Peripheral vestibular organs feed the central nervous system with inputs favoring the correct perception of space during head and body motion. Applying temporal order judgments (TOJs) to pairs of simultaneous or asynchronous stimuli presented in the left and right egocentric space, we evaluated the influence of leftward and rightward vestibular rotatory accelerations given around the vertical head-body axis on covert attentional orienting. In a first experiment, we presented visual stimuli in the left and right hemifield. In a second experiment, tactile stimuli were presented to hands lying on their anatomical side or in a crossed position across the sagittal body midline. In both experiments, stimuli were presented while normal subjects suppressed or did not suppress the vestibulo-ocular response (VOR) evoked by head-body rotation. Independently of VOR suppression, visual and tactile stimuli presented on the side of rotation were judged to precede simultaneous stimuli presented on the side opposite the rotation. When limbs were crossed, attentional facilitatory effects were only observed for stimuli presented to the right hand lying in the left hemispace during leftward rotatory trials with VOR suppression. This result points to spatiotopic rather than somatotopic influences of vestibular inputs, suggesting that cross-modal effects of these inputs on tactile ones operate on a representation of space that is updated following arm crossing. In a third control experiment, we demonstrated that temporal prioritization of stimuli presented on the side of rotation was not determined by response bias linked to spatial compatibility between the directions of rotation and the directional labels used in TOJs (i.e., "left" or "right" first). These findings suggest that during passive rotatory head-body accelerations, covert attention is shifted toward the direction of rotation and the direction of the fast phases of the VOR.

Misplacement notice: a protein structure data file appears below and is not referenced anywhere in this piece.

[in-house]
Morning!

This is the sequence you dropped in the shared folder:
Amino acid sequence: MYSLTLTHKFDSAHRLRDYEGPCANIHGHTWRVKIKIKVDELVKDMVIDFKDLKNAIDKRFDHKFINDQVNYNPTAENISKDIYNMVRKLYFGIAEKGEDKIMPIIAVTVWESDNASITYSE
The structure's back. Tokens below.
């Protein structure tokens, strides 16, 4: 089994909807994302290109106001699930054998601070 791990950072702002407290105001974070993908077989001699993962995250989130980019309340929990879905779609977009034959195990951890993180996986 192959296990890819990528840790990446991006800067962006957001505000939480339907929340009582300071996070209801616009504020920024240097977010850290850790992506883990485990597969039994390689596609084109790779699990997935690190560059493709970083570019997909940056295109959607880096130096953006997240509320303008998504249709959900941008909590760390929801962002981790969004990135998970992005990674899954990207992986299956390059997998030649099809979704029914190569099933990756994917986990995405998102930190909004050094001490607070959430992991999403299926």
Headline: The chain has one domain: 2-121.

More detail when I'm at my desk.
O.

ASJC Scopus subject areas
- Behavioral Neuroscience
- Experimental and Cognitive Psychology
- Cognitive Neuroscience